But if you’re not already in one, a plot group is definitely something to consider. Take it from someone who’s been in the writing business since time began. It never hurts to learn a few new tricks.

So, chicks. Do you have a plot group? If so, how does yours work? I love to take questions, as well as suggestions.

Christine will be giving away a signed book from her backlist—winner’s choice, subject to availability—to someone who comments on today’s blog.
~~~~~~~~~~~~~~~~~~~~~~~~~~~~~~~~~~~~~~
Christine Rimmer has written sixty-five contemporary romances for Silhouette Books, Harlequin Books and HQN. A reader favorite, Christine’s stories consistently appear on national bestseller lists, including the Waldenbooks and USA TODAY lists. She has won Romantic Times BOOK review’s Reviewer’s Choice Award for best Silhouette Special Edition. She has been nominated three times for the RITA and four times for Romantic Times Series Storyteller of the Year.
A Bravo's Honor is Christine's current release.
More info on Christine Rimmer as well as her backlist can be found at: http://www.christinerimmer.com/
and http://christinerimmer.blogspot.com/

31 comments:

Marilyn Shoemaker said...

Christine, every interesting post. As a reader I've always found how an author writes a book fascinating.

Did any of you have input into the Lone Star Sisters Susan recently completed? If so, the series so far has been amazing.

Jana Richards said...

Hi Christine,
Thanks for joining us here on the Prairies! We're really pleased to have you here.

Plot group sounds like a great idea. I especially like the idea of running away to Vegas :) Our writing group (Saskatchewan Romance Writers) has done a couple of variations on this theme. If a member is having trouble with a story, we've done plotting sessions together at retreat or at monthly meetings. We've also done group plotting sessions as writing exercises. One of these sessions turned into a full length novel we called "Cold Feet". I love throwing out ideas and feeding off the energy of the other writers. Your more organized, twice a year group sounds like a fabulous idea.

Jana

Ban said...

Oh how exciting that sounds ! A few of us belong to a beta blogger group that was first set up for posting snippets but I for one would welcome questions about plot, character developement etc. The problem with that is - it is soooo much easier and productive to have a discussion group in person - the ideas flow and bounce of each other ...
I'd love to go to a plot group someday - as Janet said, maybe someday we'll arrange a get together.
Thanks Christine !

Christine Rimmer said...

Good morning, everyone. So nice to be here and chat a little about the writing process!

Just one other point I want to make upfront is that we do have two forms we use at plot group. One has cues for the plot elements: plot points, scene ideas, conflicts, etc. And the other contains our rules.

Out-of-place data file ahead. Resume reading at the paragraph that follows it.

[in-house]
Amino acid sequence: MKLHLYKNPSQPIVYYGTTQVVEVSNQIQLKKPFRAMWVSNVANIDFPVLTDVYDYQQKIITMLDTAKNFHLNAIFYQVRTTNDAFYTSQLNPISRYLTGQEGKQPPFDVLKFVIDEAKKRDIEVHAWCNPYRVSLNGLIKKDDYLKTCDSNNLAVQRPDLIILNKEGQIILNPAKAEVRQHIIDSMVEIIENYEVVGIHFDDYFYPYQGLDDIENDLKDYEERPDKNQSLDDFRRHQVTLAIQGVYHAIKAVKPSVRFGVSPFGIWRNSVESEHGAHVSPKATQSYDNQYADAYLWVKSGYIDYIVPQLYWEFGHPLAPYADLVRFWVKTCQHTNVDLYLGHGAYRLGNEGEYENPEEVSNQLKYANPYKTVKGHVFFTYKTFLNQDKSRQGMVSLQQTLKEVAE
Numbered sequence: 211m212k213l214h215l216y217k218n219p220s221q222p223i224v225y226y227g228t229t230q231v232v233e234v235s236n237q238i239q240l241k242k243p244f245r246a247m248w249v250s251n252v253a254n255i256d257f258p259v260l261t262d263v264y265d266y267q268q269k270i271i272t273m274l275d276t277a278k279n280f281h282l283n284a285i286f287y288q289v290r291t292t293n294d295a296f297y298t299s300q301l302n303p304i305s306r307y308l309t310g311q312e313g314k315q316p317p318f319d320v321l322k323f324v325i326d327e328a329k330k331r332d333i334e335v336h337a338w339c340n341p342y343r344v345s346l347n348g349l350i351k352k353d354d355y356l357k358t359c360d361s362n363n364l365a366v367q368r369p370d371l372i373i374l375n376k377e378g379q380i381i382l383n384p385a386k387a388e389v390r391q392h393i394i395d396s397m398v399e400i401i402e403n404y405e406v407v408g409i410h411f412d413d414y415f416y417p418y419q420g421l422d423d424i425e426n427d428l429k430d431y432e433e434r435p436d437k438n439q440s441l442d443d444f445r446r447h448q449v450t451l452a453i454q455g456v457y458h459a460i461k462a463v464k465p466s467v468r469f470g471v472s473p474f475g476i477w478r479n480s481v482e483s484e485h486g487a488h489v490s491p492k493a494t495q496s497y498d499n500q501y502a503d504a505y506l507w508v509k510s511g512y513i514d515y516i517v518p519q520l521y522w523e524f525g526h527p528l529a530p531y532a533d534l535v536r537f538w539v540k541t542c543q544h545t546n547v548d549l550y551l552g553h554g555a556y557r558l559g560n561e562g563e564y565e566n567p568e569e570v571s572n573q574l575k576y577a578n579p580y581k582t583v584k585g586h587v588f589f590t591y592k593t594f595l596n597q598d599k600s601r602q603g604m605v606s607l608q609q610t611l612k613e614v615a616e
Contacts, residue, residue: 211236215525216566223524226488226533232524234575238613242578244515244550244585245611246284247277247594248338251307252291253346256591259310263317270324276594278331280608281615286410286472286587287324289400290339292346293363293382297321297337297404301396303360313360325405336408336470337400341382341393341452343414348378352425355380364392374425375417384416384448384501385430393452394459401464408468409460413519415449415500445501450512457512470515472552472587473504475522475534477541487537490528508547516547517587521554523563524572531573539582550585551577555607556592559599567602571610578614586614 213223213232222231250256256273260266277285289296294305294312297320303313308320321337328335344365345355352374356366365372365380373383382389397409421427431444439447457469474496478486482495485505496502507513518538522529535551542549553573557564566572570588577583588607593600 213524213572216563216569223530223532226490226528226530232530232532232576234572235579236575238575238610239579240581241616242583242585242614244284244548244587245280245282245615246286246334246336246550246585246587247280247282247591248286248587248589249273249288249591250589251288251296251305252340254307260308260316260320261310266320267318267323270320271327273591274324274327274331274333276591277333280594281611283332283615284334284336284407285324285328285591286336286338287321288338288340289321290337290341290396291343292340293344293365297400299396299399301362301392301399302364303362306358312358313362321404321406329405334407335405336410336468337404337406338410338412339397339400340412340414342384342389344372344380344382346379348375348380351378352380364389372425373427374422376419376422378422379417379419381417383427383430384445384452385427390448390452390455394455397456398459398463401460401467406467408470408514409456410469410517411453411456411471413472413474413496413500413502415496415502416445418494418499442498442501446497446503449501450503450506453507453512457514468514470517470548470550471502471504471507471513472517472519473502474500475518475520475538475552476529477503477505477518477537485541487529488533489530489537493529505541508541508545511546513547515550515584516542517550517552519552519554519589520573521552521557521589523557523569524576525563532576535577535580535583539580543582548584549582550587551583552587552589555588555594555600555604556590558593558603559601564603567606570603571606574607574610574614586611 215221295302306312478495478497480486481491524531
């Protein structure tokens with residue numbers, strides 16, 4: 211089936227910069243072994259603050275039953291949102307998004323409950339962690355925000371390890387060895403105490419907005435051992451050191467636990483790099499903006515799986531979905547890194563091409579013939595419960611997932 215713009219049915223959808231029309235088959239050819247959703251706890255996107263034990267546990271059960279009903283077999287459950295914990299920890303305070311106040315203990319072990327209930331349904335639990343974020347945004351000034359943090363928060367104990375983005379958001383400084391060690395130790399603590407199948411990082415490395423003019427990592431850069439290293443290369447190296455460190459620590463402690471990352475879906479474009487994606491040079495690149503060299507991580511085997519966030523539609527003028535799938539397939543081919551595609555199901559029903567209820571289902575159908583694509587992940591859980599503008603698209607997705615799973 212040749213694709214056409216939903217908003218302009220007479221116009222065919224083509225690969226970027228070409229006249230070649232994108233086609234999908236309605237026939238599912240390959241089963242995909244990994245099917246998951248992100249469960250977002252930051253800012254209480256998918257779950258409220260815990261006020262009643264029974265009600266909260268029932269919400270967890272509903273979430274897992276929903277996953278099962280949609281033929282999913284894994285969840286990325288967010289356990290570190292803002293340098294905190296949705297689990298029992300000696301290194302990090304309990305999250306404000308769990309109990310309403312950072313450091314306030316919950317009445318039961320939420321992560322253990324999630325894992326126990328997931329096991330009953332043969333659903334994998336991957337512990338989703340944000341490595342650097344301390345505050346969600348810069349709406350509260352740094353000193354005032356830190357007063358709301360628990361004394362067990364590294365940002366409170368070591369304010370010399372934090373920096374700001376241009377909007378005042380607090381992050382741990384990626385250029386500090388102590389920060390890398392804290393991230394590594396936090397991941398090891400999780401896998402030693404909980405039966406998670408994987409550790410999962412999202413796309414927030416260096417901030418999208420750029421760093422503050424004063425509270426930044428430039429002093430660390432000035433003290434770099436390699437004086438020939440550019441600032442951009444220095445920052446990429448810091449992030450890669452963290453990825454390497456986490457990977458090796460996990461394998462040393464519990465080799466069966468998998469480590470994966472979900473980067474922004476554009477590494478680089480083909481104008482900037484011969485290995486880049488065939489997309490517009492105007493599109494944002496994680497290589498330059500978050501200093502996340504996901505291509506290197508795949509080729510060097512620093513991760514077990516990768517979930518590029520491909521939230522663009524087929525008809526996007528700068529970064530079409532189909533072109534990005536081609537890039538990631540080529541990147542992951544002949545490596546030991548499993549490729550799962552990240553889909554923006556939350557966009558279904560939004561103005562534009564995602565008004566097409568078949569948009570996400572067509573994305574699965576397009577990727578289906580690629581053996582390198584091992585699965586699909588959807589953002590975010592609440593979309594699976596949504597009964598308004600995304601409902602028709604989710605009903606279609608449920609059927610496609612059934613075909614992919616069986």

If you would like a copy of these two handouts, email me at christine@christinerimmer.com and let me know you would like them. I'll get them to you in attachment.

Christine Rimmer said...

Marilyn, hey!

Yep, we plotted everyone of the LSS. And I agree. Susan did a beautiful job on them. Of course, as the books developed, they veered in places from what we plotted. That's kind of how the process works. Plot group gives us so much--but still, the books are completely the author's own in the end.

Christine Rimmer said...

Hi Jana. Thanks so much for the warm welcome.

Yep. Running away to Vegas. What's not to like? You bring up an important point about the energy of all those bright, talented writers in one room, each taking what's there and making more of it, the work amplified by all those brilliant brains focused on one story. I guess that's why they call it brainstorming. We do really have to inforce that rule about not talking over each other. Sometimes we get so excited, if we're not careful, the tape can be just a blur of laughing and shouts of "I have it, I have it!"

Christine Rimmer said...

Ban, hi!

As Jana mentioned, there is something about the energy when you're all physically in a room during a plotting session. A real joy and increased creativity, somehow.

One point I would make is that the combination of plotters has to be compatible. Meaning they all like to come at the work in a compatible way. In our group, we're all kind of generalists, if that makes any sense. We want the broad strokes and then to move on. We've had temporary members who needed to do everything in detail and in order. That never lasted. We're all more forging ahead, maybe getting the third tp before we figure out a good opening. That drives careful, one-step-at-a-time plotters up the wall.

Karyn Good said...

Hi Christine and a big welcome to you. Thanks for visiting and answering questions today.

A weekend away to plot and brainstorm ideas sounds wonderful. A set amount of time set aside to concentrate strictly on plot issues would be something I would find very helpful.